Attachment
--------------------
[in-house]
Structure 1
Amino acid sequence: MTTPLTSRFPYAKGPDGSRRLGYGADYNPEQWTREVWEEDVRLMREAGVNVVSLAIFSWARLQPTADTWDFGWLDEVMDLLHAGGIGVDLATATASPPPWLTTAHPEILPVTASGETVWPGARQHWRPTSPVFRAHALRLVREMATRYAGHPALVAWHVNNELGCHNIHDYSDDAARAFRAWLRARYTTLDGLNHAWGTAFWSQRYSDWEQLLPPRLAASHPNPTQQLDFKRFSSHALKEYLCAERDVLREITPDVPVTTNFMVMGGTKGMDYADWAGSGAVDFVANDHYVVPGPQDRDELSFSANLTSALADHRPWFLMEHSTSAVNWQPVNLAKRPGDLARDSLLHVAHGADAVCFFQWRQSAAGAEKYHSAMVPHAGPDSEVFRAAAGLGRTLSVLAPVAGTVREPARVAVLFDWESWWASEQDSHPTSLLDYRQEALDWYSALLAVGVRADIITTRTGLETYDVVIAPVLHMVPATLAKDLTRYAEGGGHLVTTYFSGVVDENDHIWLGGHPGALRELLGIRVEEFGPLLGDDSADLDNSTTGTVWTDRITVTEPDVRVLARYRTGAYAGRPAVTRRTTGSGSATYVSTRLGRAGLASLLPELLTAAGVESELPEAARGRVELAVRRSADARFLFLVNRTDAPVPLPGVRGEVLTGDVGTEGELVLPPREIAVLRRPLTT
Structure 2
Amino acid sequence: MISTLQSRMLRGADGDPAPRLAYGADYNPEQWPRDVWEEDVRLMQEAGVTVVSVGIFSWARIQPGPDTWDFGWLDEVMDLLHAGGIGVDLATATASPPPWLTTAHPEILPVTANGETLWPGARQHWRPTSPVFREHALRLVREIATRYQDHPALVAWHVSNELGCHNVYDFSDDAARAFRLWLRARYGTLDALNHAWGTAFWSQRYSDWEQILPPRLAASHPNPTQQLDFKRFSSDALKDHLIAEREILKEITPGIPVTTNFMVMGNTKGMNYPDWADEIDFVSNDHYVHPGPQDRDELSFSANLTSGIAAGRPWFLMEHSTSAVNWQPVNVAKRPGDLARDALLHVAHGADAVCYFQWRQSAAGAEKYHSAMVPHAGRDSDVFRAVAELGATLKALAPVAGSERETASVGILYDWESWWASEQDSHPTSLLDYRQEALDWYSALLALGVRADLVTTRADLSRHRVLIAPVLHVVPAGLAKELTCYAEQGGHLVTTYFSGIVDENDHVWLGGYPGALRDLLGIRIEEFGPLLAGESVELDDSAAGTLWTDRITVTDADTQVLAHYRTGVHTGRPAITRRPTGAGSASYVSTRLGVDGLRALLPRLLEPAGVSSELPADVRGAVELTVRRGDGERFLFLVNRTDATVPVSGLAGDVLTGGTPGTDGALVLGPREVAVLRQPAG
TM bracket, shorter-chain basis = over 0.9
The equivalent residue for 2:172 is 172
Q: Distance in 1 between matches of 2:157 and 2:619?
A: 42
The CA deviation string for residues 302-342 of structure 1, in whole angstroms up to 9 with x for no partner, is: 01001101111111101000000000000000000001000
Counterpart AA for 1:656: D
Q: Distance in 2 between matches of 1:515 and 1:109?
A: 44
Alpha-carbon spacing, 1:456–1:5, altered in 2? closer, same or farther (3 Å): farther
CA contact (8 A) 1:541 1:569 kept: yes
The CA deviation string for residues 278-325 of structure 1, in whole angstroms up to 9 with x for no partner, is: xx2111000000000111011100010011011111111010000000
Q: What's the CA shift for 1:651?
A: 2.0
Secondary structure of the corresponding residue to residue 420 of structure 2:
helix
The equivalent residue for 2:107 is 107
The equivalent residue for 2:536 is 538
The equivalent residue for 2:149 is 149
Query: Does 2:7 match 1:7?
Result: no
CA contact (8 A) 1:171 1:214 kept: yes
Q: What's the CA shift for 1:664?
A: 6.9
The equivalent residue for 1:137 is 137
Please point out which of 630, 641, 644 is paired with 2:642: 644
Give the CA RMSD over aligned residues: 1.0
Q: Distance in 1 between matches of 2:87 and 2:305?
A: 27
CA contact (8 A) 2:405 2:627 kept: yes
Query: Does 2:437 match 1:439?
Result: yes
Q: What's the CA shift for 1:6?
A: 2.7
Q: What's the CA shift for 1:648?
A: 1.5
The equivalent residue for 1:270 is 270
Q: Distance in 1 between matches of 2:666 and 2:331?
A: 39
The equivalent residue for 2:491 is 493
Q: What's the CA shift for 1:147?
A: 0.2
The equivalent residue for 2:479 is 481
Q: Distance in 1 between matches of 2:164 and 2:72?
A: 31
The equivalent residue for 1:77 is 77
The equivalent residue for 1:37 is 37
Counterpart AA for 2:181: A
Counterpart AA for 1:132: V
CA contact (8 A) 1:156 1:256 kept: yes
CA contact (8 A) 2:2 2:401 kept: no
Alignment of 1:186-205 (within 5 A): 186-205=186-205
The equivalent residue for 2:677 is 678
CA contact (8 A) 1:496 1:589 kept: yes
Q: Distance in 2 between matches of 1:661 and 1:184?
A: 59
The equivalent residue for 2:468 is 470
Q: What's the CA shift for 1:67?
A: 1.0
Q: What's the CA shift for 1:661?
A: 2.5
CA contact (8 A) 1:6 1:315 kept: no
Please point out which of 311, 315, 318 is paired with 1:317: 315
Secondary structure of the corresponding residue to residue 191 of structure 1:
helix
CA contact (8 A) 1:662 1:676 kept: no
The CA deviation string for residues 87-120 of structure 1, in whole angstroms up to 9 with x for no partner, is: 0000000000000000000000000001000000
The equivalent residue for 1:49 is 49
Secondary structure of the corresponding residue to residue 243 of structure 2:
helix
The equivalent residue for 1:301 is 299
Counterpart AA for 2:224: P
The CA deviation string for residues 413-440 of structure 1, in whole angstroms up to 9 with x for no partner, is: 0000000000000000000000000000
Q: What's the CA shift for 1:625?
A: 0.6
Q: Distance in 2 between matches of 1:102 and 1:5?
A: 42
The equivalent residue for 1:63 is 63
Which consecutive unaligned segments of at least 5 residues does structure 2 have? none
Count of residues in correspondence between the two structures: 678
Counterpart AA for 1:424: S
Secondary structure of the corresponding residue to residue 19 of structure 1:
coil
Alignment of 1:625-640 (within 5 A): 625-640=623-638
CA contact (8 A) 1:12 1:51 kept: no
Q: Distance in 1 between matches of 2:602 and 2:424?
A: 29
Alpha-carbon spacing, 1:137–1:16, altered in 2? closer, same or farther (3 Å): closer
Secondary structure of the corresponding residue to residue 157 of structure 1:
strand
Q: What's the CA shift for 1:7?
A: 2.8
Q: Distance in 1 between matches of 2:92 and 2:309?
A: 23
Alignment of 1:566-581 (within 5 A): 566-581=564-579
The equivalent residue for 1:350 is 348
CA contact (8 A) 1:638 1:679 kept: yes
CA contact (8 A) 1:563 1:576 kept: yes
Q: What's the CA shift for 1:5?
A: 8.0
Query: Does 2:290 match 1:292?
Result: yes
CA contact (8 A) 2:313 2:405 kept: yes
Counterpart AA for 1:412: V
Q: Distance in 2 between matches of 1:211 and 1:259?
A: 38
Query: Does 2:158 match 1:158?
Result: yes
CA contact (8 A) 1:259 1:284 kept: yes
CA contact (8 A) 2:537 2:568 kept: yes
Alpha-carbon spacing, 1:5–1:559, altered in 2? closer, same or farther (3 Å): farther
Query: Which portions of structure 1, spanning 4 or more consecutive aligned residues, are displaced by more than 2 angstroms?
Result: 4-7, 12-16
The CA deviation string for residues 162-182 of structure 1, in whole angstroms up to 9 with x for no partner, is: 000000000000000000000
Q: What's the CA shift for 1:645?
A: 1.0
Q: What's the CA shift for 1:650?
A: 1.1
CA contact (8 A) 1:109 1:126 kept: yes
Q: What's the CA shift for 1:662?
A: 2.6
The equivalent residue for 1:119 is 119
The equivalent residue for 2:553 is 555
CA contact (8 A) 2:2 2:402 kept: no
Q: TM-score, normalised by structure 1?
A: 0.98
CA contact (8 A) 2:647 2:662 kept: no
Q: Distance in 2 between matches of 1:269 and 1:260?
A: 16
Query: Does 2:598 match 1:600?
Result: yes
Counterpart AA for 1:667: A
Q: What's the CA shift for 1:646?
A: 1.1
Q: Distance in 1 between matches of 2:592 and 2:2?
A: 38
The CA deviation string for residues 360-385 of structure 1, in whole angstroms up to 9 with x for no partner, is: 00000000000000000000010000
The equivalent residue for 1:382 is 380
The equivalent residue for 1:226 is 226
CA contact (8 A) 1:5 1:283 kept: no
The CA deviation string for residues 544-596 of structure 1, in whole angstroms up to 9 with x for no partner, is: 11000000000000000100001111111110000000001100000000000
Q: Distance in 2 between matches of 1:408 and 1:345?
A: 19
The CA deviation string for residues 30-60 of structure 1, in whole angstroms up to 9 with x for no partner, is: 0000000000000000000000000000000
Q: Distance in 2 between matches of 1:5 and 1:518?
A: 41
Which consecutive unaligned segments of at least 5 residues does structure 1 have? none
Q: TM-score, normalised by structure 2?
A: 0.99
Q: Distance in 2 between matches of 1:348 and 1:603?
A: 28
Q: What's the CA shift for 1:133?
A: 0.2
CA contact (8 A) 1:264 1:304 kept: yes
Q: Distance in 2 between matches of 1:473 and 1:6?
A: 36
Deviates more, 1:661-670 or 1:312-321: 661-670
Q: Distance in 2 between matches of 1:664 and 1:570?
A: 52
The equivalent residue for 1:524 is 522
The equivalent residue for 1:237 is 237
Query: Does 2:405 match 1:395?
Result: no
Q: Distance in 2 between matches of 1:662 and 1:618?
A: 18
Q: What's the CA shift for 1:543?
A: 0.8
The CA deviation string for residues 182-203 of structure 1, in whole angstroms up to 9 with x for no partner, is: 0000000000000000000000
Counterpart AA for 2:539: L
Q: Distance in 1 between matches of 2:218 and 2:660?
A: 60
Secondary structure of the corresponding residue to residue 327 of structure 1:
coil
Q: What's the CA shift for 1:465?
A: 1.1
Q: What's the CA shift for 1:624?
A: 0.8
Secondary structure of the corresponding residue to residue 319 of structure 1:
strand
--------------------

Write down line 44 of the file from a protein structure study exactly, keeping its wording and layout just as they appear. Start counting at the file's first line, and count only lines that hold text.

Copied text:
The equivalent residue for 2:491 is 493